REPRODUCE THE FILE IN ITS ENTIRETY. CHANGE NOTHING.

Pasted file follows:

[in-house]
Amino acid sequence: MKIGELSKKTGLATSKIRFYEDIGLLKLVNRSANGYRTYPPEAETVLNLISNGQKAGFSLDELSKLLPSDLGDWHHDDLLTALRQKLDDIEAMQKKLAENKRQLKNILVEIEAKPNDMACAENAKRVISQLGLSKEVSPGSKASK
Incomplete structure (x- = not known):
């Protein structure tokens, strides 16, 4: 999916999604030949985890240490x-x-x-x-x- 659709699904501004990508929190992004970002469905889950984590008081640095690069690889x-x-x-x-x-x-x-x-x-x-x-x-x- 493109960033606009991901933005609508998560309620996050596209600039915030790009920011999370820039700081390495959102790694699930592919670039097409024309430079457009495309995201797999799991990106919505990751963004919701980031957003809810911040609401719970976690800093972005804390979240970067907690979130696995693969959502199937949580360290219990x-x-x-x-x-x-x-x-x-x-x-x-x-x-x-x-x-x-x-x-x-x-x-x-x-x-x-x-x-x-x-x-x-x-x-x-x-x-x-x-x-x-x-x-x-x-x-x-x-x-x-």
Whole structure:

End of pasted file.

[in-house]
Amino acid sequence: MKIGELSKKTGLATSKIRFYEDIGLLKLVNRSANGYRTYPPEAETVLNLISNGQKAGFSLDELSKLLPSDLGDWHHDDLLTALRQKLDDIEAMQKKLAENKRQLKNILVEIEAKPNDMACAENAKRVISQLGLSKEVSPGSKASK
Incomplete structure (x- = not known):
């Protein structure tokens, strides 16, 4: 999916999604030949985890240490x-x-x-x-x- 659709699904501004990508929190992004970002469905889950984590008081640095690069690889x-x-x-x-x-x-x-x-x-x-x-x-x- 493109960033606009991901933005609508998560309620996050596209600039915030790009920011999370820039700081390495959102790694699930592919670039097409024309430079457009495309995201797999799991990106919505990751963004919701980031957003809810911040609401719970976690800093972005804390979240970067907690979130696995693969959502199937949580360290219990x-x-x-x-x-x-x-x-x-x-x-x-x-x-x-x-x-x-x-x-x-x-x-x-x-x-x-x-x-x-x-x-x-x-x-x-x-x-x-x-x-x-x-x-x-x-x-x-x-x-x-």
Whole structure: